Posts Tagged ‘forecast’
While September was characterized by fear over the economic fluctuations, brokers said, buyers in the last few weeks have started to make decisions faster (although foreign buyers reeling from the debt crisis continue to wait on the sidelines). Brokers also noted that lowball offers gained little traction and bidding wars started anew at some properties. — “Volatile, shmolatile: Serious buyers not deterred by market’s ups and downs,” The Real Deal, Nov. 1, 2011
NEW YORK — First of all, many of us are still dealing with the remains of the Nor’easter that hit the East Coast this Halloween weekend, and I wish you all the best and hope you are warm and safe.
As we all know, the real estate market is a moving target reacting to the perception that buyers and sellers have of the economy. When the evening news talks about the S&P downgrade and the jobless reports shows little growth, there is a sense on the street that now is not the time to buy. When sales get slow, rentals get busy.
So, in August and September, this negative news meant that the rental market sizzled.
Since then, the news from Wall Street has been positive, the markets are up, October was a strong month for stocks, interest rates are still at historic lows and the perception on the street is that now is a good time to buy.
For us at Bond New York, October was a strong month for our sales division, and we remain highly optimistic of continued growth in November.
Below is an interesting article speaking more about the perception of buyers and sellers. I hope you enjoy it as much as I did.
And, as always, if you or anyone you know is thinking about buying, selling or renting property in New York, please let me know.
NEW YORK — If you think rental apartments are becoming scarce and more expensive, you’re right.
Nationwide, apartment vacancies dropped to a 5-year low last quarter to 5.6 percent, according to research firm Reis.
In Manhattan, it’s less than 1 percent.
Research also showed a corresponding rise in effective rents, or what tenants pay after landlord concessions are included, year over year in 81 out of the 82 metropolitan areas.
Bloomberg reported: “San Jose, California, led with 5.5 percent growth in effective rents from a year earlier, followed by San Francisco at 4.5 percent and New York at 3.7 percent, Reis said. Only Las Vegas experienced a decline in rents.”
Of course, that figure represents all five boroughs: Manhattan, Brooklyn, Queens, Staten Island and the Bronx.
Forecasts of record-high rents earlier this year have largely been realized.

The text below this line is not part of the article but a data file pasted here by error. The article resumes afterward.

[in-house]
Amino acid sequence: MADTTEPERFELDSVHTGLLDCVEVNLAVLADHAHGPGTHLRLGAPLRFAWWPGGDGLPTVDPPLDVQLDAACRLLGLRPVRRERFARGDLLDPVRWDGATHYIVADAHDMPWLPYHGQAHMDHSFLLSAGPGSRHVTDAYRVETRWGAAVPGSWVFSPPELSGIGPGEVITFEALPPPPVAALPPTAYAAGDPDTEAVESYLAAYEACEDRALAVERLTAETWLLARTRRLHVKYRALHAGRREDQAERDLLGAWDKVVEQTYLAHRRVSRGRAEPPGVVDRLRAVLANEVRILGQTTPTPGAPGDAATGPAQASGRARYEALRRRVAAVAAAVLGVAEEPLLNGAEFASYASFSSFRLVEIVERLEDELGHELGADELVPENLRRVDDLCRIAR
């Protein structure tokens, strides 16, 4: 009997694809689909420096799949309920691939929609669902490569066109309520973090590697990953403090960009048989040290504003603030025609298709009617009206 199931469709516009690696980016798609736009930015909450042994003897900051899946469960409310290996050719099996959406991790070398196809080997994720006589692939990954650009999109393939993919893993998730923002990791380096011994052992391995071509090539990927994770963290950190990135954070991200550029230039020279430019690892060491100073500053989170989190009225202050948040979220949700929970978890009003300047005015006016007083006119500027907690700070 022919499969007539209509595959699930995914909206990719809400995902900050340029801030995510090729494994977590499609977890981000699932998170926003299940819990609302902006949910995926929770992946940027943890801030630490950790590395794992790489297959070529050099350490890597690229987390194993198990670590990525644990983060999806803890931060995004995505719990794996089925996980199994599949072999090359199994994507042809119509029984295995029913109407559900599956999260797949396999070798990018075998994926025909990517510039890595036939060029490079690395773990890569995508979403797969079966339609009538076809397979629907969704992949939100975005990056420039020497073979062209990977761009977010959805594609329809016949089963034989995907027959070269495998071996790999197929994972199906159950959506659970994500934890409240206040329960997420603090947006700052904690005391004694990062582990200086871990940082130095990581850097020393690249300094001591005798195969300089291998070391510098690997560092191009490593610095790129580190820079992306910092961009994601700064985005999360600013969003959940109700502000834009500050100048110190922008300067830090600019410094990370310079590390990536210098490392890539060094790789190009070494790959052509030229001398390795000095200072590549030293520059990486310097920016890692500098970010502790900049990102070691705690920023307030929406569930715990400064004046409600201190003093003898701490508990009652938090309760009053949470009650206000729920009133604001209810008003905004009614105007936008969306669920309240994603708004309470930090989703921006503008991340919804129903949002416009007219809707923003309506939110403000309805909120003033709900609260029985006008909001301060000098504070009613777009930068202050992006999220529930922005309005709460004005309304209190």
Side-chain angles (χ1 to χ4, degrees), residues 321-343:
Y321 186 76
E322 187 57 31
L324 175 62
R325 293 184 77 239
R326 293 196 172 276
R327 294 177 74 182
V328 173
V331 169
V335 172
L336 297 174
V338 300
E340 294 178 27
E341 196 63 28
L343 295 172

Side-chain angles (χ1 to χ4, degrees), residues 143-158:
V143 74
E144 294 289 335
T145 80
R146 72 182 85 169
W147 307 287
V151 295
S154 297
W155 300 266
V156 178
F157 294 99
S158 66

“There’s also concern more consumers will take on roommates to cut costs, something last seen following the financial crisis. Should that increase the vacancy rate, landlords could be forced to bring back profit-eroding freebies such as a month or two of free rent,” wrote The Wall Street Journal.
Those “freebies” include no-fee apartments, which means the landlord pays the 15 percent broker’s fee.
Such concessions are becoming increasingly rare since apartment vacancy rates hit a 22-year high — back in July 2009.
NEW YORK — Manhattan rents, as predicted, have experienced a 10 percent increase from a year ago — with inventory tightening, as well.
One-bedroom apartments averaged $2,672 and two-bedroom units were $3,757 per month, according to The Real Deal. Those dollar figures represent a rise of 9.2 percent and 10.8 percent, respectively compared to the second quarter of last year. The article also finds:
The most expensive area was the West Village where one-bedroom rents reached $3,457, followed by Soho and Tribeca where one-bedrooms netted $3,454 on average. The least expensive areas were Upper Manhattan and the Upper East Side, where rents averaged $2,621 for a one-bedroom apartment.
Meanwhile, the borough’s vacancy rate was 0.72 percent for the quarter, the lowest rate since the firm began tracking the statistic in 2002. Last quarter’s vacancy rate was 1.08 percent, and the rate stood at 0.97 during the same period a year ago.
Mortgage rates, which fell to 4.55% for the week ending June 2, according to Freddie Mac, are near 50-year lows. Homes have become more affordable than they have been in years: According to Moody’s Analytics, the ratio of home prices to income is now 20.9% lower than the 15-year average through 2010, and 12.5% lower than the 1989-2004 average. A historic glut of homes, meanwhile, has created a buyer’s market: There were about 15 million vacant homes in the U.S. last year, according to John Burns Real Estate Consulting, Inc. — some 3.1 million more than normal. — “Why It’s Time To Buy,” The Wall Street Journal, June 4, 2011.
NEW YORK — To buy or not to buy.
That is the often the question, perhaps more so in a market characterized by soft demand and oversupply.
One figure stands out in the April 2011 price index accompanying the Wall Street Journal article cited above:
While overall home prices fell 7.5 percent in April from a year ago, just five states (and the District of Columbia) actually saw prices marginal gains up to 4.5 percent: Alaska, New York, North Dakota, Vermont and Mississippi.
As always, if you or someone you know is thinking of buying, selling or renting in New York City, please let me know.
The upward pricing pressures come as companies add workers to their payrolls at the highest rate in a decade, according to the report released today by Marcus & Millichap.
On another note, the New York State Assembly advanced a bill to extend current rent regulations through 2016. They had been set to expire June 15.